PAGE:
William Pritchard-Morgan (1844 – 5 July 1924) was a Welsh solicitor, mine owner, and company promoter. He acquired the gold mine at Gwynfynydd in 1887, earning the name "Welsh gold king". He was also actively publicised as an investor in Sichuan, China.
He was born in Newport, Monmouthshire, the son of a clergyman. In early life he was a solicitor in Queensland, Australia, having been articled at Ipswich and Maryborough. He then speculated in mining shares.
He was a Liberal Member of Parliament (MP) for Merthyr Tydfil, from 1888 to 1900, when he was defeated, losing his seat to Keir Hardie. The constituency had two members, the other being the Liberal David Alfred Thomas, 1st Viscount Rhondda: there was antagonism between the two Liberals, however, and in 1900 Thomas backed Hardie. A major political issue between them was attitude to the Second Boer War, supported by Morgan who was on the Liberal imperialist wing of the party. He was in favour of Welsh disestablishment, making a lengthy parliamentary speech on a resolution in 1891.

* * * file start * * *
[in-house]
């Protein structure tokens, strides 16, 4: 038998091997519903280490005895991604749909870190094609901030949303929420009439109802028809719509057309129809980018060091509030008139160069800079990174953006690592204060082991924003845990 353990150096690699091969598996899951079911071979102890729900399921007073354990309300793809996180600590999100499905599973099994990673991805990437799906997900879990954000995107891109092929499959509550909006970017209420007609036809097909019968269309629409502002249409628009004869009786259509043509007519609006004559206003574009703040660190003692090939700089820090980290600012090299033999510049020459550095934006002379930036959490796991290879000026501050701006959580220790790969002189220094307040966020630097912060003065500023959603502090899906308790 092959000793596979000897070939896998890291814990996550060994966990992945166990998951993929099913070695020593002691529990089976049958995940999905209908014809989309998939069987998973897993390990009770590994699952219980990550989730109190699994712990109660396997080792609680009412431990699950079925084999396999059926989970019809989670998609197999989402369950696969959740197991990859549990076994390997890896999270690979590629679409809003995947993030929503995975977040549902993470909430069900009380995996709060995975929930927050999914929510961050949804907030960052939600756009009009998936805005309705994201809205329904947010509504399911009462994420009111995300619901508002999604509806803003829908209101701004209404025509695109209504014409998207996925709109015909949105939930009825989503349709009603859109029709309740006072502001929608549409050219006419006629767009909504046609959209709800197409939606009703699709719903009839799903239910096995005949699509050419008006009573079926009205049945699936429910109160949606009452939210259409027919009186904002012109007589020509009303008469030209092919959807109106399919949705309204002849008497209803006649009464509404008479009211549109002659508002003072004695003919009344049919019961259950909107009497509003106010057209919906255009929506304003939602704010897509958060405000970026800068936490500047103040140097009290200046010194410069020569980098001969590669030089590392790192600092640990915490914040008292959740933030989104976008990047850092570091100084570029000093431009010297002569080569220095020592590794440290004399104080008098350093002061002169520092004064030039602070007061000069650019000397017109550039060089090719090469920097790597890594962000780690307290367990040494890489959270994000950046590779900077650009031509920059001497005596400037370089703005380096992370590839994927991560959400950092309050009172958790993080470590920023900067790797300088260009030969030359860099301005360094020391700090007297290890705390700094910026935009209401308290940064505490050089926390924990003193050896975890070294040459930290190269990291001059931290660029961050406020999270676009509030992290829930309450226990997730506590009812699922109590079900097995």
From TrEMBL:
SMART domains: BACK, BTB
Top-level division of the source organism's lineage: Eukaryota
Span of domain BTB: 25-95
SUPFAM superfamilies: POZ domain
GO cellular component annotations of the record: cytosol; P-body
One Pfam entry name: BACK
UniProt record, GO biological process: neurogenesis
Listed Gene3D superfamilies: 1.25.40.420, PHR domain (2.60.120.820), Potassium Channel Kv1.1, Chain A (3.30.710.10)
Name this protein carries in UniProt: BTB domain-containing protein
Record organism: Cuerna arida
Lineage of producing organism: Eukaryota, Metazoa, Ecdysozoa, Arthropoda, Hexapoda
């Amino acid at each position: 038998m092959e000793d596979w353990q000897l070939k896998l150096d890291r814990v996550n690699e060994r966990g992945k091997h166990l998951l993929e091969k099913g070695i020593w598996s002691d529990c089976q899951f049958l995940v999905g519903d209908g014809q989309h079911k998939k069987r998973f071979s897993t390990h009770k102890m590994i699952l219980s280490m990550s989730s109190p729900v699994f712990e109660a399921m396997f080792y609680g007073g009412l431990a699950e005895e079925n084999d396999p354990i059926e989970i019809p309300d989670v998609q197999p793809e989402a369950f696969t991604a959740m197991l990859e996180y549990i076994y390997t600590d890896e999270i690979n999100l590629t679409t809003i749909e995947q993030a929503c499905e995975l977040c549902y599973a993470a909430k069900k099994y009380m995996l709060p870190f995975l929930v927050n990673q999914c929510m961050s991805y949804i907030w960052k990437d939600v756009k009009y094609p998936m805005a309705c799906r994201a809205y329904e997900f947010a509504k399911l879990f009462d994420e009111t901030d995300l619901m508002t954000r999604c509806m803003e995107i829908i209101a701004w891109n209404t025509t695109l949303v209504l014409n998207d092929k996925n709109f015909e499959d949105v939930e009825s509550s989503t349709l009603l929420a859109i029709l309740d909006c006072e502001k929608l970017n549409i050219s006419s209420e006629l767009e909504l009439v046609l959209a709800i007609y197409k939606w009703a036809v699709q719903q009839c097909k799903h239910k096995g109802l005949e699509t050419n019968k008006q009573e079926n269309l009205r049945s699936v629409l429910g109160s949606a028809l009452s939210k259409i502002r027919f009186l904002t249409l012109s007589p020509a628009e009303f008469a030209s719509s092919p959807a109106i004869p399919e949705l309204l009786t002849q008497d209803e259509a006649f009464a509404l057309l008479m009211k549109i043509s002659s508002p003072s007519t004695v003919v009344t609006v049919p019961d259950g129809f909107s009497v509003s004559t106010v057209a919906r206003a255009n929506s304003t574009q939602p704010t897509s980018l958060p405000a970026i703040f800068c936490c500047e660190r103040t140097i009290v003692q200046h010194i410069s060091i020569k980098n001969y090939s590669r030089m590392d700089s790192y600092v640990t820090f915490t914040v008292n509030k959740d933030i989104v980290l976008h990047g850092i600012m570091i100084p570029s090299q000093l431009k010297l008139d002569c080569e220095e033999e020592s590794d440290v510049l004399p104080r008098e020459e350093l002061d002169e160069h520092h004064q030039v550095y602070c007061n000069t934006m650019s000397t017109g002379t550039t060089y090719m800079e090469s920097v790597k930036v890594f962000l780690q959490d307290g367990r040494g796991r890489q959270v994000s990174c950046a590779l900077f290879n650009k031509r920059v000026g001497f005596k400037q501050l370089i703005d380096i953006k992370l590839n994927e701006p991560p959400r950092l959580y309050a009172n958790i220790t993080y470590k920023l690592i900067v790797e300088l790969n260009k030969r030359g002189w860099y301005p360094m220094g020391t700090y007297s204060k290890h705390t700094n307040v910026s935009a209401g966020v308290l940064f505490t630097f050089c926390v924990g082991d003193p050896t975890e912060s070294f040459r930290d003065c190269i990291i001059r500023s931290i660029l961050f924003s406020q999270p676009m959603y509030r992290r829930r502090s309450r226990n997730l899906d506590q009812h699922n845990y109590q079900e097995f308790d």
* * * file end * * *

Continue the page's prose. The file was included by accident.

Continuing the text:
- 1888 newspaper report
- New York Times article (PDF)
- 1887 newspaper
- Sir Robert Hart, James Duncan Campbell, The I. G. in Peking: letters of Robert Hart, Chinese Maritime Customs, 1868–1907, Volume 1 (1975), note p.1101.
- A Handbook on Welsh Church Defence (1894), Chapter 1.
- Hansard 1803–2005: contributions in Parliament by William Pritchard Morgan
- New York Times article (PDF), 2 February 1899
|Parliament of the United Kingdom|
D. A. Thomas
| Member of Parliament for Merthyr Tydfil
With: D. A. Thomas
D. A. Thomas
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